Suspect Device

Machines ain’t the problem. Lazy people are the problem.

First you design for yourself, and use the machine to make the design. Then you start working out how to make the most of the machine, and eventually you’re not designing for people anymore – you’re designing for the machine.

But really, the machine’s designing for itself.

And you? You’re just a superfluous bag of carbon patting yourself on the back for your sleek new designs.

And about a week later, everything in your world looks like an ipod.

– Johnny Bode

During Schwarz’s blogging of the Roubo Project some comments brought up a common straw man. As one commenter put it:
“No escape finding it quite ironic, when the going gets tough prominent advocates of light and noiseless hand tools shamelessly and enthusiastically embrace noisy and o-so-very-heavy mastodonic machinery.”

As someone who most definitely advocates for the use of hand tools, I’d like to respond that only in a certain type of pigeonhole does enthusiasm for hand tools equate to eschewing machinery.

I know a few woodworkers who are completely devoted to hand-powered-only work for reasons of philosophy, history (though machines have been in woodworking shops for a very very long time), or just personal preference. I applaud those proud few their convictions, but I have zero interest in any of that.

What I care about is designing and making the best stuff I can. Period. Full-friggin-stop.

What started me on hand tools was that the furniture I wanted to make was essentially unmake-able with machines alone. When I started making planes, I ran into the same issue.

The issue is that nearly all machines are just tireless idiot savants. They do things like straight lines, flat planes, perfect circles, and smooth surfaces really well – but they do irregular curves and diverse textures incredibly poorly, and only under extreme pressure from jigs and workarounds. And the power source has nothing to do with that – what powers the tool is almost totally unimportant. What guides it, however, means everything.

I think that all craft involves design – which equates to human intent. And that intent is writ large on the object produced. The best objects have complex, diverse, and broad intentions and thinking wrapped up in their designs. Look in your local art museum and see how many perfect spheres, ideal triangles, and straight lines you see represented there. Heck, look in your local forest, or your backyard.

Now look in Wal-mart. Look around your office. Look at any strip mall.

I’ve got nothing (much) against offices and strip-malls – but when I can I’d rather spend my time and energy elsewhere.

The best furniture makers I know are ALL extremely capable with both hand and power tools. The tools don’t much matter to them – they learn whatever tools they need to get the results they ‘see’ in their heads. That’s what I aspire to. And most of what I see in my head is done much more easily with the hand than with the computer, and the fence, and the jig.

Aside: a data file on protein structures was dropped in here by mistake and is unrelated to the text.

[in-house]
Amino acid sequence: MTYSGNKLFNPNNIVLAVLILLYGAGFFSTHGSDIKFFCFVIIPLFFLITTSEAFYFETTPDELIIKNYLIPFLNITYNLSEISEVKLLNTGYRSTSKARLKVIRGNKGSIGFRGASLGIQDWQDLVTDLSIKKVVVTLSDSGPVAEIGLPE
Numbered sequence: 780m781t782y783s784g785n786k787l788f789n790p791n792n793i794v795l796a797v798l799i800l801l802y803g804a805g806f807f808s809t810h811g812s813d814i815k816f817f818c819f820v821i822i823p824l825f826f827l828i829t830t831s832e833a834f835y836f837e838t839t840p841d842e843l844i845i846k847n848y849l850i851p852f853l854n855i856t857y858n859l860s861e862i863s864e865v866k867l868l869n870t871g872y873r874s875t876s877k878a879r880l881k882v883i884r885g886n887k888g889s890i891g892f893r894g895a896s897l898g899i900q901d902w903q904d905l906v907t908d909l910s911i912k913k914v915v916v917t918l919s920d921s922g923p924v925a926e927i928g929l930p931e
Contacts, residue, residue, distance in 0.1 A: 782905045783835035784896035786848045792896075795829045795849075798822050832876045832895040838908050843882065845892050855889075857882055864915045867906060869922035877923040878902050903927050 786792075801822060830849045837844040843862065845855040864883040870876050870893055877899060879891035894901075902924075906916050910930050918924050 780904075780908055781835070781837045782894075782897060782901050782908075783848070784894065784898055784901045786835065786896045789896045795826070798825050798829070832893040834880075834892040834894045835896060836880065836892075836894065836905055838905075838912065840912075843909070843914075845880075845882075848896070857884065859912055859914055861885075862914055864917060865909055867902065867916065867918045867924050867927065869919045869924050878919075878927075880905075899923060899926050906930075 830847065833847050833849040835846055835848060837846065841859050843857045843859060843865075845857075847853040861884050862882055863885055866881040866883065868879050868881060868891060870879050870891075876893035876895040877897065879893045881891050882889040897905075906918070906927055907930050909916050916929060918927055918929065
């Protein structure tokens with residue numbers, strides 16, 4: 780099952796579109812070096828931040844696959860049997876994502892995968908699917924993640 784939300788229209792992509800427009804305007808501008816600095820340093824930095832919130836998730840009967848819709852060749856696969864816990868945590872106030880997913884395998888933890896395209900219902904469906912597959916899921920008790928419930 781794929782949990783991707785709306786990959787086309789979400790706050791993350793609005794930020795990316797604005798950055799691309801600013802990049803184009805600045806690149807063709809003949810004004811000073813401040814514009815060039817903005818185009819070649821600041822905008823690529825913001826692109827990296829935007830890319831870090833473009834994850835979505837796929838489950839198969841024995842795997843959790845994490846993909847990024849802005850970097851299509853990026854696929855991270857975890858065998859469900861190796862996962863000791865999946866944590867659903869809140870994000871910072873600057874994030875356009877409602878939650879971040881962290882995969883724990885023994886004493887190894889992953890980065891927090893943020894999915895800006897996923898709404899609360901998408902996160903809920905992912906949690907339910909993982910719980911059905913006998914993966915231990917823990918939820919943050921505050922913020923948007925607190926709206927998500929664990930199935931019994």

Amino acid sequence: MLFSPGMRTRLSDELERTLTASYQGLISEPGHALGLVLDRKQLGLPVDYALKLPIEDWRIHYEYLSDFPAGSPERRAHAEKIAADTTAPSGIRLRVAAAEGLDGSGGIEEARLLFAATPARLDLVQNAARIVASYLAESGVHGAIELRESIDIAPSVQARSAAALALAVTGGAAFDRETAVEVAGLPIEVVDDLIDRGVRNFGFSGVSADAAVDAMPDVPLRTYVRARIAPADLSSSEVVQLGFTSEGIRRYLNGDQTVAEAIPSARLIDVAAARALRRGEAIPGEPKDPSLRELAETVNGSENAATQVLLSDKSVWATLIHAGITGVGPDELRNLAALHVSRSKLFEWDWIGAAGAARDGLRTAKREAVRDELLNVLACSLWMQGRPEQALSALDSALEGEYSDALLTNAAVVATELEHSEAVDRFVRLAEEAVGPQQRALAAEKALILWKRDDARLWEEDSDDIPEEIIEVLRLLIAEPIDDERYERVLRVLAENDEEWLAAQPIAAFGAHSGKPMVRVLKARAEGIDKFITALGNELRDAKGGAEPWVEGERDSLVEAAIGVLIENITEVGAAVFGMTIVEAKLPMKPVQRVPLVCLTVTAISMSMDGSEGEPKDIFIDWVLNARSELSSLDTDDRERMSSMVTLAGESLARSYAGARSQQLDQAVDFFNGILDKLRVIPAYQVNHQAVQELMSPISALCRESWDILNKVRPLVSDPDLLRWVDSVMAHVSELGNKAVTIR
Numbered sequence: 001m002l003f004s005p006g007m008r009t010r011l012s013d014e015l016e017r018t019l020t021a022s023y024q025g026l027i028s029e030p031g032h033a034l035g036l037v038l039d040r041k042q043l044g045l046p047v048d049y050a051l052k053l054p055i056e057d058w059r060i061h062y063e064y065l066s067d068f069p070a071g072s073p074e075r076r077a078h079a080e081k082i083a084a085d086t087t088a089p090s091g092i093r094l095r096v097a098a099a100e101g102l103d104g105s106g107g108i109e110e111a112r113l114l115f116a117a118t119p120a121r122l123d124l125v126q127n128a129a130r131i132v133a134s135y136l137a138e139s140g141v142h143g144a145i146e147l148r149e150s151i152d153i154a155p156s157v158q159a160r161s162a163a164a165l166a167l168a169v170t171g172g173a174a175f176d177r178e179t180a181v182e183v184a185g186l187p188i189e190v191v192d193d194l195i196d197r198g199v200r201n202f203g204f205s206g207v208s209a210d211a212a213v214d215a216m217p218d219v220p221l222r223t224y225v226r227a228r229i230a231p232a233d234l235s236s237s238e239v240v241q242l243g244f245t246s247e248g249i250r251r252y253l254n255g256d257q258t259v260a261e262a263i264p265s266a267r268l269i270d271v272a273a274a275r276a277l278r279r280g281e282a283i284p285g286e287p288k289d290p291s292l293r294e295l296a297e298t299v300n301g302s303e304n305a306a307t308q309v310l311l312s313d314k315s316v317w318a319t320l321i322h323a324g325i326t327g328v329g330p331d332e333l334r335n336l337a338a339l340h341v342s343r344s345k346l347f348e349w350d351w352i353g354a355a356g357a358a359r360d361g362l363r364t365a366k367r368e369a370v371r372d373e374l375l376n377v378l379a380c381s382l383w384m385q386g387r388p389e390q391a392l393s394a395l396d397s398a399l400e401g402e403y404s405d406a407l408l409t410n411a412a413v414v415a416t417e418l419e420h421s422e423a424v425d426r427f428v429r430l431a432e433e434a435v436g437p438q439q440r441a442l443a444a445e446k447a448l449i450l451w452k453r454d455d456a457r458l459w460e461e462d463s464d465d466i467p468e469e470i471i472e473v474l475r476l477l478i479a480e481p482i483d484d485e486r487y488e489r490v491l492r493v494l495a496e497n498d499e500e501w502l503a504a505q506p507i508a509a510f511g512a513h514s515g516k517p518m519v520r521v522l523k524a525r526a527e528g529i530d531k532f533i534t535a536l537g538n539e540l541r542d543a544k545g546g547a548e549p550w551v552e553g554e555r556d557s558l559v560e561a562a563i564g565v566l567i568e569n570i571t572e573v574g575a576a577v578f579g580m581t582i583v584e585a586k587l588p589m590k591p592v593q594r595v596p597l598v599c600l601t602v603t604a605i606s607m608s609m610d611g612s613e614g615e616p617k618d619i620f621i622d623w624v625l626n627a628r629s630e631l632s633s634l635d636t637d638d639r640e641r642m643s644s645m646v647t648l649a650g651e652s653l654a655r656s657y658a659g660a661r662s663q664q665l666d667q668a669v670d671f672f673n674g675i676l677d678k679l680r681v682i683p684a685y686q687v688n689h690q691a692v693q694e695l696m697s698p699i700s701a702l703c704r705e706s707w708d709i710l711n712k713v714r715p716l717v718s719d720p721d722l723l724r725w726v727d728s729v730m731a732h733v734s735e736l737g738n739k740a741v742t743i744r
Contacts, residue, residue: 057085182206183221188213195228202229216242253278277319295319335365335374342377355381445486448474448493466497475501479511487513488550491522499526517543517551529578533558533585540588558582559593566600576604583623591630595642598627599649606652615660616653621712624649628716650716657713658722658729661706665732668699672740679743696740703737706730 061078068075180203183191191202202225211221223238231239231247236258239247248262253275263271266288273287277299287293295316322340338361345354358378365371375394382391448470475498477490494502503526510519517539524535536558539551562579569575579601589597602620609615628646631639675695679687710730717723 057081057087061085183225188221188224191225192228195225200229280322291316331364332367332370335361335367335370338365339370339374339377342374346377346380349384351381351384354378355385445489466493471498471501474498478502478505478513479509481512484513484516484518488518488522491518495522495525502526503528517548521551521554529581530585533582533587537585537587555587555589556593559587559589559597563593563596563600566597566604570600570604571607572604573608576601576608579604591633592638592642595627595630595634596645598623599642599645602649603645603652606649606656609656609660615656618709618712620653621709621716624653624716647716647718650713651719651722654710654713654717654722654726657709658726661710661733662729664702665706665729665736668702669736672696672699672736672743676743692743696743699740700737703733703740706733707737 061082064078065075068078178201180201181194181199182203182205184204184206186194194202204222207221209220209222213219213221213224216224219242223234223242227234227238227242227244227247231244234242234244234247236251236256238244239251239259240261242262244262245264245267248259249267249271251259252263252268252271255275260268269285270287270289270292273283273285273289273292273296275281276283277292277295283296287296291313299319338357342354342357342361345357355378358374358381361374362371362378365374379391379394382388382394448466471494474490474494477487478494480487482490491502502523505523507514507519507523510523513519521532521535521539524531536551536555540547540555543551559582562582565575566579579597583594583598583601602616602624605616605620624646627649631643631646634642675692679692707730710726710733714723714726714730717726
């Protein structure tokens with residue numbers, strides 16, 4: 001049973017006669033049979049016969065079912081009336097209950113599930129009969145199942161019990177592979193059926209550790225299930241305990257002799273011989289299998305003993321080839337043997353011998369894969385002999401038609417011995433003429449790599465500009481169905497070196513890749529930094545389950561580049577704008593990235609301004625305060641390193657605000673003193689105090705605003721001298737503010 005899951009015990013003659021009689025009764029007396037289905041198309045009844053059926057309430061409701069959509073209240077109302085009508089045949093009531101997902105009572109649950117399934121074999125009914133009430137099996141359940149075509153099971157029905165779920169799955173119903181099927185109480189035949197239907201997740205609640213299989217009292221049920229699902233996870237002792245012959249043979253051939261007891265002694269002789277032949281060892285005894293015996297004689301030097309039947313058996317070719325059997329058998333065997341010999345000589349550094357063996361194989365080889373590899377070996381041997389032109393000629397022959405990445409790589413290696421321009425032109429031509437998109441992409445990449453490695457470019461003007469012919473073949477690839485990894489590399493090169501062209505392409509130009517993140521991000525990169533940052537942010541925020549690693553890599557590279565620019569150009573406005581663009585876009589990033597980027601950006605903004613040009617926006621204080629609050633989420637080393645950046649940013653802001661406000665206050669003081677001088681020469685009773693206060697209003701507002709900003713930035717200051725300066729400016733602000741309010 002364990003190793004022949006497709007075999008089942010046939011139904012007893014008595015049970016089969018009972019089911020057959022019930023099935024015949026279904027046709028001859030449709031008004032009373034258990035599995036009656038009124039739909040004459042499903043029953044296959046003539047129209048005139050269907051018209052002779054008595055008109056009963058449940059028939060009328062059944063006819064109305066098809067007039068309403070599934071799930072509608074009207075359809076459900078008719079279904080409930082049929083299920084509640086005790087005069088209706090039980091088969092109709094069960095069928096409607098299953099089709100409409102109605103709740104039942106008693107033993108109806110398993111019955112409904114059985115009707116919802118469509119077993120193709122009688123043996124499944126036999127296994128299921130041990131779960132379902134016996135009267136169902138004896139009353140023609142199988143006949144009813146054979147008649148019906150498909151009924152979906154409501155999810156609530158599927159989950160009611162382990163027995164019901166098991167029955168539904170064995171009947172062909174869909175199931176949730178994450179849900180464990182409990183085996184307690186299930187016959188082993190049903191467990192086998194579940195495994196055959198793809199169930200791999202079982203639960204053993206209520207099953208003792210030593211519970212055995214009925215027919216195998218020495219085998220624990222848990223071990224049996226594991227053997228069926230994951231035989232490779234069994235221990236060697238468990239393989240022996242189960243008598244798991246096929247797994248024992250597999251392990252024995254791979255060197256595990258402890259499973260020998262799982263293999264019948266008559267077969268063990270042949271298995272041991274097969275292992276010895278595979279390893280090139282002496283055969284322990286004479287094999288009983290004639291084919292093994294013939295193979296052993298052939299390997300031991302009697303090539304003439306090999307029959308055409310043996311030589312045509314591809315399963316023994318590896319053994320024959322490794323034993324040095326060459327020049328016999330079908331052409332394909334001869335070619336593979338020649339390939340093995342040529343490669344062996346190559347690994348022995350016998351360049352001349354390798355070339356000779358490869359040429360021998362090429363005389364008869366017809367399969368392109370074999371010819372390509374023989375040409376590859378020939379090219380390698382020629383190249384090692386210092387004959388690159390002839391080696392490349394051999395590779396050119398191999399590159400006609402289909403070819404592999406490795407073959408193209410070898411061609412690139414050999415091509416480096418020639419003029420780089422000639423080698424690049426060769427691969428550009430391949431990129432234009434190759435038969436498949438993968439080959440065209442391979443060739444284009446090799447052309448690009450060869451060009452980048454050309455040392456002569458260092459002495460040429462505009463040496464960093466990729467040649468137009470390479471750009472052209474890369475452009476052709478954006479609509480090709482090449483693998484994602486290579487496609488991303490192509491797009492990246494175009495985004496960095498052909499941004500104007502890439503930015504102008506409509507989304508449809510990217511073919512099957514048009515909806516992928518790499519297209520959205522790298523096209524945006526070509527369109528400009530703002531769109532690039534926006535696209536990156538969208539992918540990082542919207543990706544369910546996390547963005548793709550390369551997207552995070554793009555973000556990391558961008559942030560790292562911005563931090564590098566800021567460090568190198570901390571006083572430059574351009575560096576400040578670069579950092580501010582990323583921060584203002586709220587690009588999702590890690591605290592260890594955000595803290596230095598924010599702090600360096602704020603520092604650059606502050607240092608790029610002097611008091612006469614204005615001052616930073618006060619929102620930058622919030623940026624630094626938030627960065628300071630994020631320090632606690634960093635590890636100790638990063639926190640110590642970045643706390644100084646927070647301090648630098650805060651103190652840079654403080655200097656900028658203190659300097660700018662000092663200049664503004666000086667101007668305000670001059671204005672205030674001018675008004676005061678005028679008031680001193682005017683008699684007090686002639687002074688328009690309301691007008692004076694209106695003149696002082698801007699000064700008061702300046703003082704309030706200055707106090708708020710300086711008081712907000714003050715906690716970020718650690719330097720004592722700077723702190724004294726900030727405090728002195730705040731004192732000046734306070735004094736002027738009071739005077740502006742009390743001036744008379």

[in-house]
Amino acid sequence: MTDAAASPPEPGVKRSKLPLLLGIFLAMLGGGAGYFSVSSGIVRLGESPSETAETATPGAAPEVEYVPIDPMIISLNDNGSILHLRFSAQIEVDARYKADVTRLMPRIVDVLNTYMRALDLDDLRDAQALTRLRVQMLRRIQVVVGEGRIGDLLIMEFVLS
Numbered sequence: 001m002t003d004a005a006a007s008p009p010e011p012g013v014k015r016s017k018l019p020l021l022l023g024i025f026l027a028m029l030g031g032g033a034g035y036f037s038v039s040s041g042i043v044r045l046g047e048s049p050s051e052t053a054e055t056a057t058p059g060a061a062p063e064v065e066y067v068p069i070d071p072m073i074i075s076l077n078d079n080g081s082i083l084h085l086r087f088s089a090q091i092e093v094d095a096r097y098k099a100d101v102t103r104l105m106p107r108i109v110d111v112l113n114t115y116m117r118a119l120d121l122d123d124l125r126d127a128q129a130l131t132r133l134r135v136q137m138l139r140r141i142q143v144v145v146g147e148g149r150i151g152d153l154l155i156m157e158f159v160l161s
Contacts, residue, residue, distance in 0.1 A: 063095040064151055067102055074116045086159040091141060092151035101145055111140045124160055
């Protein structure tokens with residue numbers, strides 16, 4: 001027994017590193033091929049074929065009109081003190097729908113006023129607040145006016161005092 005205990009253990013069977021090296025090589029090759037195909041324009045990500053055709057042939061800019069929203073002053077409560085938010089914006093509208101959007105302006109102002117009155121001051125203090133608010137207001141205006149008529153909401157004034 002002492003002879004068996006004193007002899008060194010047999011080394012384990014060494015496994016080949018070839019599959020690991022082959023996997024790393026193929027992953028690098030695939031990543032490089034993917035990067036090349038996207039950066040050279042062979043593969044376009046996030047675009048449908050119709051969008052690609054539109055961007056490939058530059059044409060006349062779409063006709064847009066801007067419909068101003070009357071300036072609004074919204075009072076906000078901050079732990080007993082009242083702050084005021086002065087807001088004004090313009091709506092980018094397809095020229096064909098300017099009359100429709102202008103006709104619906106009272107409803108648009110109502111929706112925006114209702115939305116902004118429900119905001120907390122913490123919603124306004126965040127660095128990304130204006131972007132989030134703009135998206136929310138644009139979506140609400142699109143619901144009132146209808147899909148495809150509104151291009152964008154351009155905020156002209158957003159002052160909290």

But when the computer, machine, and jig will do the job you can bet I’m using them. Leaves me more time for the bits I need to do myself…

Comments

  1. says

    HERE HERE!
    This also a reason while I rarely make CAD Models anymore (despite being a CAD jockey for years). It’s just way too easy to take the easy way out with lines & arcs and miss an opportunity to sketch a more shapely line, in the name of design speed/efficiency. Of course CAD has it’s place, the same as a radial arm saw has it’s place; but if you let either dictate your projects, you’ve lost creative control.
    Excellent Post.

  2. says

    Saw an excerpt posted on another woodworker’s blog, this reminds me of a phenomenal book from David Pye, “The Nature and Art of Workmanship.” Excellent post.

  3. Jim Stuart says

    I absolutely agree. I’ve done a lot of remodeling jobs on craftsman style houses in and near Pasadena, CA. Naturally, the walls were originally made of lathe and plaster. Many of my clients want to remain true to the ideology of the original ways of construction. And many can afford to do so if that’s what they choose. But my opinion is that the original builders would have used drywall if it had been available. Craftsman style houses, in particular, were made with simplicity and austerity as standard design requirements. It’s just so easy to get caught up with new (or old) ways of doing things and quickly loose sight of small but obvious truths.

  4. says

    Raney,
    Very glad you are still alive, I am one of those suckers who knowingly followed along the Schwarz’s word, even my girlfriend was saddened by your “passing”
    Nice piece of writing here, I think you’ve summed up much of how many of us feel, thanks:)

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